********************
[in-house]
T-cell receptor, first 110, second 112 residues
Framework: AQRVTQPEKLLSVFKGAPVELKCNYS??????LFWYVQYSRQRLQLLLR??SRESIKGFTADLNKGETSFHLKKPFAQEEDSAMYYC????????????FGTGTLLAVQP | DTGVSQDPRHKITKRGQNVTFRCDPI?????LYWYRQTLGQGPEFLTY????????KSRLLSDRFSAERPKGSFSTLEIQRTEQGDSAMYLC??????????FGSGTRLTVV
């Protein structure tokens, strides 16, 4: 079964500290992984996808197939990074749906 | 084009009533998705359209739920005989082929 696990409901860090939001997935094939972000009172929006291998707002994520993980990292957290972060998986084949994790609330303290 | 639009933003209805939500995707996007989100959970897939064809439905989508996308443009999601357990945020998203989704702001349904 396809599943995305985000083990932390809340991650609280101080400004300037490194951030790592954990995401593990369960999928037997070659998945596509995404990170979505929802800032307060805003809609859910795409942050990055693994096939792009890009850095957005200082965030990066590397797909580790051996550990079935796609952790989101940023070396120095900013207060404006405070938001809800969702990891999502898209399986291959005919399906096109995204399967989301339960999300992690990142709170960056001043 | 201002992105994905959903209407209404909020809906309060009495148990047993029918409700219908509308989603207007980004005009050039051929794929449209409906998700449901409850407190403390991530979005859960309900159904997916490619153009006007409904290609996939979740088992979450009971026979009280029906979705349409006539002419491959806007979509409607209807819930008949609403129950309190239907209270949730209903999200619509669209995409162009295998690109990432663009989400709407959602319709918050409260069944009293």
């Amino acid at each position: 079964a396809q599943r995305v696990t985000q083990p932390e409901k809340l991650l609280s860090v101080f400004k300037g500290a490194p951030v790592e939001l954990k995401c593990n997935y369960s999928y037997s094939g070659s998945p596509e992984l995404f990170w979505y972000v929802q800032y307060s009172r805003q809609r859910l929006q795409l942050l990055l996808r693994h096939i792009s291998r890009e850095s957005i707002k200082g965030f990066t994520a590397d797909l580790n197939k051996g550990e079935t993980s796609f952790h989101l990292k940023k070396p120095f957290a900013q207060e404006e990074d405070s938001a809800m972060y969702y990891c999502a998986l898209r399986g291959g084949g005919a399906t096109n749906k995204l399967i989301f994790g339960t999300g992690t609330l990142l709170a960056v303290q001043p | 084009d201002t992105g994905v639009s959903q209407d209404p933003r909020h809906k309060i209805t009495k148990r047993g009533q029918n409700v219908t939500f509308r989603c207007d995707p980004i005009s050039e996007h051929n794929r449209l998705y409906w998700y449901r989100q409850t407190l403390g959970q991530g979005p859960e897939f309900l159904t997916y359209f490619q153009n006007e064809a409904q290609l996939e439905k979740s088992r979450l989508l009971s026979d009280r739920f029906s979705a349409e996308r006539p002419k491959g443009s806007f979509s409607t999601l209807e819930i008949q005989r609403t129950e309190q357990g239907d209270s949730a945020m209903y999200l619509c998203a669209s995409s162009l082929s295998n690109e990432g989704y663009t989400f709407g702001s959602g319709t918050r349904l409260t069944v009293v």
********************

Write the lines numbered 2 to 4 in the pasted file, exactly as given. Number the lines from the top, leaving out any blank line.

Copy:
T-cell receptor, first 110, second 112 residues
Framework: AQRVTQPEKLLSVFKGAPVELKCNYS??????LFWYVQYSRQRLQLLLR??SRESIKGFTADLNKGETSFHLKKPFAQEEDSAMYYC????????????FGTGTLLAVQP | DTGVSQDPRHKITKRGQNVTFRCDPI?????LYWYRQTLGQGPEFLTY????????KSRLLSDRFSAERPKGSFSTLEIQRTEQGDSAMYLC??????????FGSGTRLTVV
């Protein structure tokens, strides 16, 4: 079964500290992984996808197939990074749906 | 084009009533998705359209739920005989082929 696990409901860090939001997935094939972000009172929006291998707002994520993980990292957290972060998986084949994790609330303290 | 639009933003209805939500995707996007989100959970897939064809439905989508996308443009999601357990945020998203989704702001349904 396809599943995305985000083990932390809340991650609280101080400004300037490194951030790592954990995401593990369960999928037997070659998945596509995404990170979505929802800032307060805003809609859910795409942050990055693994096939792009890009850095957005200082965030990066590397797909580790051996550990079935796609952790989101940023070396120095900013207060404006405070938001809800969702990891999502898209399986291959005919399906096109995204399967989301339960999300992690990142709170960056001043 | 201002992105994905959903209407209404909020809906309060009495148990047993029918409700219908509308989603207007980004005009050039051929794929449209409906998700449901409850407190403390991530979005859960309900159904997916490619153009006007409904290609996939979740088992979450009971026979009280029906979705349409006539002419491959806007979509409607209807819930008949609403129950309190239907209270949730209903999200619509669209995409162009295998690109990432663009989400709407959602319709918050409260069944009293």